This is a fairly straightforward little stir-fry; nothing out of the ordinary about it except for my tendency to like the combination of oyster sauce and ketchup as a sauce. However, it marks a significant point in the progress of the garden: this is the first dish I have been able to make this seaon using more than one or two vegetables at a time (lets face it I'm talking about PEAS, much as I love them it is exciting to have the choice of something else!)

The Swiss chard was thinnings, but it is starting to look nice and tall, the onions are fattening up but the greens are still juicy and useable and we have even managed a couple of zucchini. The plants look far healthier than last year, but they have mysteriously been very slow to produce any zucchini. We've been finding lots of squash bug eggs on them in the last day or two, so full of suspicion we watered the heck out them and stood by for 15 minutes. Up they came - we removed 32 of the little monsters. Could they have been sucking so much juice out of our zucchini so as to prevent them from fruiting? We suspect so. Here's hoping we've gotten most of them, although we will repeat that process in a day or two to make sure.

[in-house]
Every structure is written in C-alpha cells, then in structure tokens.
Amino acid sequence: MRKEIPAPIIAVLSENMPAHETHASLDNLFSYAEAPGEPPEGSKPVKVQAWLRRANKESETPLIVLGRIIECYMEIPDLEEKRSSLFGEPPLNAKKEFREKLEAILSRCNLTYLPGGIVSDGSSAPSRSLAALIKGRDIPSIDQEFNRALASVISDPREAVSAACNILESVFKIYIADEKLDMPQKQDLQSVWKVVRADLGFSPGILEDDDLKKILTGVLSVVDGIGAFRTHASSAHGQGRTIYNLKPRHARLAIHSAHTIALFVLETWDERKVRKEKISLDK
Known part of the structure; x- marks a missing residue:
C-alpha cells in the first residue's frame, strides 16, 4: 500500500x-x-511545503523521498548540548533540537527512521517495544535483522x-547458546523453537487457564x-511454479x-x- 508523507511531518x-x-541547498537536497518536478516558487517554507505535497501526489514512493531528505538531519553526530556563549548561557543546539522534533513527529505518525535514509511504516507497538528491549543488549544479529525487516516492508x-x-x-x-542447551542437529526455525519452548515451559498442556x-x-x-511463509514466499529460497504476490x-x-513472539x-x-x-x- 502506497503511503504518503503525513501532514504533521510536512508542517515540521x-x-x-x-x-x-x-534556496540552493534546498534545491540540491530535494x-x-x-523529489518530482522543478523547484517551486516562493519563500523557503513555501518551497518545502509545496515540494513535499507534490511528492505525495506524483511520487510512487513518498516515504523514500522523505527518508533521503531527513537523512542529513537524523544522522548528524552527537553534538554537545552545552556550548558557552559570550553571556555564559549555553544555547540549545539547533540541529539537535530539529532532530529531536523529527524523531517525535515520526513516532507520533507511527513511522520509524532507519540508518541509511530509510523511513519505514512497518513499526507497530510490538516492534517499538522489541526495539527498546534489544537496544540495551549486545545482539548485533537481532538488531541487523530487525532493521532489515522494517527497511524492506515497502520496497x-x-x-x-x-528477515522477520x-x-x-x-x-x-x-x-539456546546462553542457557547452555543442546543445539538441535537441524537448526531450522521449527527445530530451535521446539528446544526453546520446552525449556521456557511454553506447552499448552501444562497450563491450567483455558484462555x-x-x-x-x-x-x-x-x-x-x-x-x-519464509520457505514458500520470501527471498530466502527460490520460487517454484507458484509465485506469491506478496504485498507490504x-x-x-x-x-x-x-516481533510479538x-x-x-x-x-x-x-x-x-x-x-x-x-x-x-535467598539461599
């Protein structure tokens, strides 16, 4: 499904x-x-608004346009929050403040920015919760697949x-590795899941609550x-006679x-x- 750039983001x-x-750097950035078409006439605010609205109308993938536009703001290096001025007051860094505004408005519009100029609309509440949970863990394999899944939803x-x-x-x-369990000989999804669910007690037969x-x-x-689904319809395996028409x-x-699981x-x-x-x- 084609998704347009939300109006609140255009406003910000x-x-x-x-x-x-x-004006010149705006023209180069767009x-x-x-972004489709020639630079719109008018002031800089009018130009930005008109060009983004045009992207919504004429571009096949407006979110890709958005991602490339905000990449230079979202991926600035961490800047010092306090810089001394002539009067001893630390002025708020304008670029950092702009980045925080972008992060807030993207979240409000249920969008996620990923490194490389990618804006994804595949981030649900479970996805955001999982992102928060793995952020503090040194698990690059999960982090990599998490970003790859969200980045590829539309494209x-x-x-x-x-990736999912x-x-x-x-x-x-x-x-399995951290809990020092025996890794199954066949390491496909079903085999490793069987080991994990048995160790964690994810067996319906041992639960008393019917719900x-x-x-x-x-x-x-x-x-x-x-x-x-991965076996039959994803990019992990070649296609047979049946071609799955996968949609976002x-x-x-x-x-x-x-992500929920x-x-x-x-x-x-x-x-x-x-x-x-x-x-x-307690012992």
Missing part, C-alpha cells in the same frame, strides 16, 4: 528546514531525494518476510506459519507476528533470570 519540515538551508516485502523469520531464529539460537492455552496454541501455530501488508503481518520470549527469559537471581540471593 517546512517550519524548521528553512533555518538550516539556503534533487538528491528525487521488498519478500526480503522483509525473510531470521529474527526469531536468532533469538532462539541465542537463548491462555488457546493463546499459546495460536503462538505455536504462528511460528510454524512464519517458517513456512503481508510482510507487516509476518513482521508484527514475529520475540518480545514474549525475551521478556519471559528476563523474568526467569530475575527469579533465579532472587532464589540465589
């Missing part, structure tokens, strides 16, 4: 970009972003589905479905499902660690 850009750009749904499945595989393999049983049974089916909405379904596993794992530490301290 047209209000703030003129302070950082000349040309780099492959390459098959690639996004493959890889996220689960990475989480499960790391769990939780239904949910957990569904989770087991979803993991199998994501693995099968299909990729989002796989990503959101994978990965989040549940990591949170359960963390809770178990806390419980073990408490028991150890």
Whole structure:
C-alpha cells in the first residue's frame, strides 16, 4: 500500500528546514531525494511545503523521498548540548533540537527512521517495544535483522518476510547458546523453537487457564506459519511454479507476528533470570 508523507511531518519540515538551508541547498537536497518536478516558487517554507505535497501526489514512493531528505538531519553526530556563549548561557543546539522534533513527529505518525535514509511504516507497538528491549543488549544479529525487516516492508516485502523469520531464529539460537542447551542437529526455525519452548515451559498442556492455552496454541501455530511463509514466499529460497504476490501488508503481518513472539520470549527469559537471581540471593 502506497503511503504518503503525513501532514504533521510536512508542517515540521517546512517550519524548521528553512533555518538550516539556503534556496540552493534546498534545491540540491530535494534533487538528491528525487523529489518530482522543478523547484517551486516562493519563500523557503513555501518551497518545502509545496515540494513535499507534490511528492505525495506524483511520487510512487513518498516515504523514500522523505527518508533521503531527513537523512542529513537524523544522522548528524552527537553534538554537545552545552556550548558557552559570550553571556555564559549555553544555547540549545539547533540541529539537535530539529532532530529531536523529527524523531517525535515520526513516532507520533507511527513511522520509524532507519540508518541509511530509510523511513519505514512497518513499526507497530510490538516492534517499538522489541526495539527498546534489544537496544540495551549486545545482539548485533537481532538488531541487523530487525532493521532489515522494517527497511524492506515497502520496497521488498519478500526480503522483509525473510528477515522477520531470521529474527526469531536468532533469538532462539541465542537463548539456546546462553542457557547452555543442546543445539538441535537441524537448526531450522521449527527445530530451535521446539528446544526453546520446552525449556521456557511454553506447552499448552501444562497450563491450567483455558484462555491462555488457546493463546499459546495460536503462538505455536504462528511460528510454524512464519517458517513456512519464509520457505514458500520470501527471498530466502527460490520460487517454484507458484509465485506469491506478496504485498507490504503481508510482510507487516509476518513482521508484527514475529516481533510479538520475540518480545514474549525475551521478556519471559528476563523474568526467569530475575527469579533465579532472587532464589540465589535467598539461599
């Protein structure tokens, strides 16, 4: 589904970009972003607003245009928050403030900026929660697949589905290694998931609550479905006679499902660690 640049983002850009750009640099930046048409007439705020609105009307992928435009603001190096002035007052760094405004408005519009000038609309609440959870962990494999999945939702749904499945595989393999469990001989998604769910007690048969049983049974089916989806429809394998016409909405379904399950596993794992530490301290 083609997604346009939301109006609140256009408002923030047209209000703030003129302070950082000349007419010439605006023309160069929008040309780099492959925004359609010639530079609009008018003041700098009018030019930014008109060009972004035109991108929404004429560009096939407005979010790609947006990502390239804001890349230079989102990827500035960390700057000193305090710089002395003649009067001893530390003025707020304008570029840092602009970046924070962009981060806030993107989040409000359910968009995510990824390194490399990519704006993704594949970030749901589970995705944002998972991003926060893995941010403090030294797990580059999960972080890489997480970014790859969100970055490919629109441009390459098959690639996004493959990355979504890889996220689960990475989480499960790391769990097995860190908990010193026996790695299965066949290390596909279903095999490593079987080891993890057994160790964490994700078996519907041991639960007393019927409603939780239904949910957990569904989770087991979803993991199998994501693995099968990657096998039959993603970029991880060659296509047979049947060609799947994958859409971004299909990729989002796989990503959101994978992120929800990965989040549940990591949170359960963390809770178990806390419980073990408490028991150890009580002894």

2 to 3 servings
45 minutes prep time

Stir-Fried Chicken with Chard, Snow Peas, Onion and Zucchini

450 grams (1 pound; 2 pieces) skinless, boneless chicken breast
1 summer onion
OR 4 or 5 garlic scapes
1 medium zucchini
1 cup snow peas
1 bunch Swiss chard
1 teaspoon to 1 tablespoon peeled and finely minced fresh ginger

2 tablespoons oyster sauce
2 tablespoons ketchup
1 teaspoon arrowroot or cornstarch